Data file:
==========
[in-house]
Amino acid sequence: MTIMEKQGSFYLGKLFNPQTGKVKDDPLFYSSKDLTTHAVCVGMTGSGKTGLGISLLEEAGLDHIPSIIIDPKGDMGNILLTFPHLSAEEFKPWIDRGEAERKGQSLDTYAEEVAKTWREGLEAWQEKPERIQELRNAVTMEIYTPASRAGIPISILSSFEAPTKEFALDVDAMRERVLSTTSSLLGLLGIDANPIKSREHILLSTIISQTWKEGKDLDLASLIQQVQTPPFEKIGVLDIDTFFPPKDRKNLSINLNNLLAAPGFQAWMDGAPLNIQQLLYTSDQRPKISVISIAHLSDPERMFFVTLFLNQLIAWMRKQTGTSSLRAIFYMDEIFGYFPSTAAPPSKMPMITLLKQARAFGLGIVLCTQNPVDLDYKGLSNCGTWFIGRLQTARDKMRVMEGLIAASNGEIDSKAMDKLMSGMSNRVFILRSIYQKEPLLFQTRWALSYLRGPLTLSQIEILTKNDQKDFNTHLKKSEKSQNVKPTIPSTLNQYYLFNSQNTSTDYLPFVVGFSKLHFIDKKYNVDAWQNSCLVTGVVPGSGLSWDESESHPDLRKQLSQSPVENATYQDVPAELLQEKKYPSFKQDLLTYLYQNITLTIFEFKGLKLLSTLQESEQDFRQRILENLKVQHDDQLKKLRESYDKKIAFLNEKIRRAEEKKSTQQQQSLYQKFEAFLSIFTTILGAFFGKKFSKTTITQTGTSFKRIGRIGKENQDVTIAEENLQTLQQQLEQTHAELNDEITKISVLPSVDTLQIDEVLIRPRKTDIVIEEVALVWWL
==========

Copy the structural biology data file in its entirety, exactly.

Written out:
[in-house]
Amino acid sequence: MTIMEKQGSFYLGKLFNPQTGKVKDDPLFYSSKDLTTHAVCVGMTGSGKTGLGISLLEEAGLDHIPSIIIDPKGDMGNILLTFPHLSAEEFKPWIDRGEAERKGQSLDTYAEEVAKTWREGLEAWQEKPERIQELRNAVTMEIYTPASRAGIPISILSSFEAPTKEFALDVDAMRERVLSTTSSLLGLLGIDANPIKSREHILLSTIISQTWKEGKDLDLASLIQQVQTPPFEKIGVLDIDTFFPPKDRKNLSINLNNLLAAPGFQAWMDGAPLNIQQLLYTSDQRPKISVISIAHLSDPERMFFVTLFLNQLIAWMRKQTGTSSLRAIFYMDEIFGYFPSTAAPPSKMPMITLLKQARAFGLGIVLCTQNPVDLDYKGLSNCGTWFIGRLQTARDKMRVMEGLIAASNGEIDSKAMDKLMSGMSNRVFILRSIYQKEPLLFQTRWALSYLRGPLTLSQIEILTKNDQKDFNTHLKKSEKSQNVKPTIPSTLNQYYLFNSQNTSTDYLPFVVGFSKLHFIDKKYNVDAWQNSCLVTGVVPGSGLSWDESESHPDLRKQLSQSPVENATYQDVPAELLQEKKYPSFKQDLLTYLYQNITLTIFEFKGLKLLSTLQESEQDFRQRILENLKVQHDDQLKKLRESYDKKIAFLNEKIRRAEEKKSTQQQQSLYQKFEAFLSIFTTILGAFFGKKFSKTTITQTGTSFKRIGRIGKENQDVTIAEENLQTLQQQLEQTHAELNDEITKISVLPSVDTLQIDEVLIRPRKTDIVIEEVALVWWL